United States District Court, C.D. California
MEMORANDUM OPINION AND ORDER
ROZELLA A. OLIVER, UNITED STATES MAGISTRATE JUDGE
Sherl Ann Wilson (“Plaintiff”) challenges the
Commissioner's denial of her application for a period of
disability and supplemental security income
(“SSI”). For the reasons stated below, the
decision of the Commissioner is REVERSED and REMANDED.
December 31, 2012, Plaintiff filed an application for SSI,
alleging disability beginning November 30, 2010.
(Administrative Record (“AR”) 147.) Her
application was denied initially on June 12, 2013, and upon
reconsideration on November 6, 2013. (AR 86, 101.) On May 15,
2015, Plaintiff filed a written request for hearing, and a
hearing was held on February 12, 2015. (AR 7, 31.)
Represented by counsel, Plaintiff appeared and testified,
along with a medical expert and an impartial vocational
expert. (AR 33-49.) On March 31, 2015, the Administrative Law
Judge (“ALJ”) found that Plaintiff had not been
under a disability, pursuant to the Social Security Act,
since December 31, 2012. (AR 16-26.) The ALJ's decision
became the Commissioner's final decision when the Appeals
Council denied Plaintiff's request for review. (AR 1-4.)
Plaintiff filed this action on December 5, 2016. (Dkt. No.
followed a five-step sequential evaluation process to assess
whether Plaintiff was disabled under the Social Security Act.
Lester v. Chater, 81 F.3d 821, 828 n.5 (9th Cir.
1995). At step one, the ALJ found that
Plaintiff had not engaged in substantial gainful activity
since December 31, 2012, the application date. (AR 18.) At
step two, the ALJ found that Plaintiff has
the following severe impairments: attention deficit
hyperactivity disorder, schizophrenia, major depressive
disorder, anxiety, and substance abuse. (Id.) At
step three, the ALJ found that Plaintiff
“does not have an impairment or combination of
impairments that meets or medically equals the severity of
one of the listed impairments in 20 CFR Part 404, Subpart P,
Appendix 1.” (AR 20.)
proceeding to step four, the ALJ found that Plaintiff has the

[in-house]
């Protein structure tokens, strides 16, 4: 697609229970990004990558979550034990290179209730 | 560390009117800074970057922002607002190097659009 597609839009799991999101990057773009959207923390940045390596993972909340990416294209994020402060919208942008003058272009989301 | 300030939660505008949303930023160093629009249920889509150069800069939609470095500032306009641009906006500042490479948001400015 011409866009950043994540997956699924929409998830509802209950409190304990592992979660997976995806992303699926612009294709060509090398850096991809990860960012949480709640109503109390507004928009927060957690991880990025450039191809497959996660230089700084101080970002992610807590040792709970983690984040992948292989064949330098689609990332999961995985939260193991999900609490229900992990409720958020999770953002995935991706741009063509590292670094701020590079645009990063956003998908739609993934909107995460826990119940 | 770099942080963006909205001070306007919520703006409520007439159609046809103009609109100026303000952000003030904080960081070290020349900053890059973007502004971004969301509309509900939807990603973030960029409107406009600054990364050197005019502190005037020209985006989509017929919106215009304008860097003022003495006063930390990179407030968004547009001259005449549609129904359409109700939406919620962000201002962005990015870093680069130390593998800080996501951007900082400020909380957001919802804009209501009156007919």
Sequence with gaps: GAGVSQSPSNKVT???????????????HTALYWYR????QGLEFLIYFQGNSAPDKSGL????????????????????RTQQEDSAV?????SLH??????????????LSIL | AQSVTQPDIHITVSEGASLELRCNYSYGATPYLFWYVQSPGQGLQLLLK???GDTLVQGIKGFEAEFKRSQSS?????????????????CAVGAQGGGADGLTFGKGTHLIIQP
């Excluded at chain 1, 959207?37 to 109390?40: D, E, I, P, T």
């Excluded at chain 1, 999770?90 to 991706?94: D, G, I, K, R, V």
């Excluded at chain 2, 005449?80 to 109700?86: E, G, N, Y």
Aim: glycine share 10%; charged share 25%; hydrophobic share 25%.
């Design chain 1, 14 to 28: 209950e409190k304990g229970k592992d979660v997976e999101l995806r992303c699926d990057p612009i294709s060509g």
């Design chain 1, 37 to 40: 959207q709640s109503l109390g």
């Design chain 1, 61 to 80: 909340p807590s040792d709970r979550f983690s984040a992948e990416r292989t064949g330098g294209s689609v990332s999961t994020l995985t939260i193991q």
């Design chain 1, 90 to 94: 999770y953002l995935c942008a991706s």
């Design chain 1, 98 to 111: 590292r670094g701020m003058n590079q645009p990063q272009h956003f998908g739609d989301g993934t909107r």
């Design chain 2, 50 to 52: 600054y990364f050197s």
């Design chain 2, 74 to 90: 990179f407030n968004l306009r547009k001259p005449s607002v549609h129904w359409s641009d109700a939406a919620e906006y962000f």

residual functional capacity (“RFC”) to:
[P]erform a full range of work at all exertion levels but
with the following nonexertional limitations: can understand
and remember tasks; can sustain concentration and
persistence; can socially interact with co-workers and
supervisors; and can adapt to workplace changes frequently
enough to perform unskilled, low stress jobs that require
simple instructions, but should avoid jobs requiring
interaction with the general public.
step four, the ALJ found that Plaintiff has
no past relevant work. (AR 25.) At step
five, “[c]onsidering the claimant's age,
education, work experience, and residual functional capacity,
” the ALJ found that “there are jobs that exist
in significant numbers in the national economy that the
claimant can perform.” (Id.) Accordingly, the
ALJ determined that Plaintiff has not been under a disability
since the application date. (AR 26.)
STANDARD OF REVIEW
42 U.S.C. § 405(g), a district court may review the
Commissioner's decision to deny benefits. A court must
affirm an ALJ's findings of fact if they are supported by
substantial evidence, and if the proper legal standards were
applied. Mayes v. Massanari, 276 F.3d 453, 458-59
(9th Cir. 2001). “‘Substantial evidence'
means more than a mere scintilla, but less than a
preponderance; it is such relevant evidence as a reasonable
person might accept as adequate to support a
conclusion.” Lingenfelter v. Astrue, 504 F.3d
1028, 1035 (9th Cir. 2007) (citing Robbins v. Soc. Sec.
Admin., 466 F.3d 880, 882 (9th Cir. 2006)). An ALJ can
satisfy the substantial evidence requirement “by
setting out a detailed and thorough summary of the facts and
conflicting clinical evidence, stating his interpretation
thereof, and making findings.” Reddick v.
Chater, 157 F.3d 715, 725 (9th Cir. 1998) (citation
Commissioner's decision cannot be affirmed simply by
isolating a specific quantum of supporting evidence. Rather,
a court must consider the record as a whole, weighing both
evidence that supports and evidence that detracts from the
Secretary's conclusion.” Aukland v.
Massanari, 257 F.3d 1033, 1035 (9th Cir. 2001)
(citations and internal quotation marks omitted).
“‘Where evidence is susceptible to more than one
rational interpretation, ' the ALJ's decision should
be upheld.” Ryan v. Comm'r of Soc. Sec.,
528 F.3d 1194, 1198 (9th Cir. 2008) (citing Burch v.
Barnhart, 400 F.3d 676, 679 (9th Cir. 2005)); see
Robbins, 466 F.3d at 882 (“If the evidence can
support either affirming or reversing the ALJ's
conclusion, we may not substitute our judgment for that of
the ALJ.”). The Court may review only “the
reasons provided by the ALJ in the disability determination
and may not affirm the ALJ on a ground upon which he did not
rely.” Orn v. Astrue, 495 F.3d 625, 630 (9th
Cir. 2007) (citing Connett v. Barnhart, 340 F.3d
871, 874 (9th Cir. 2003)).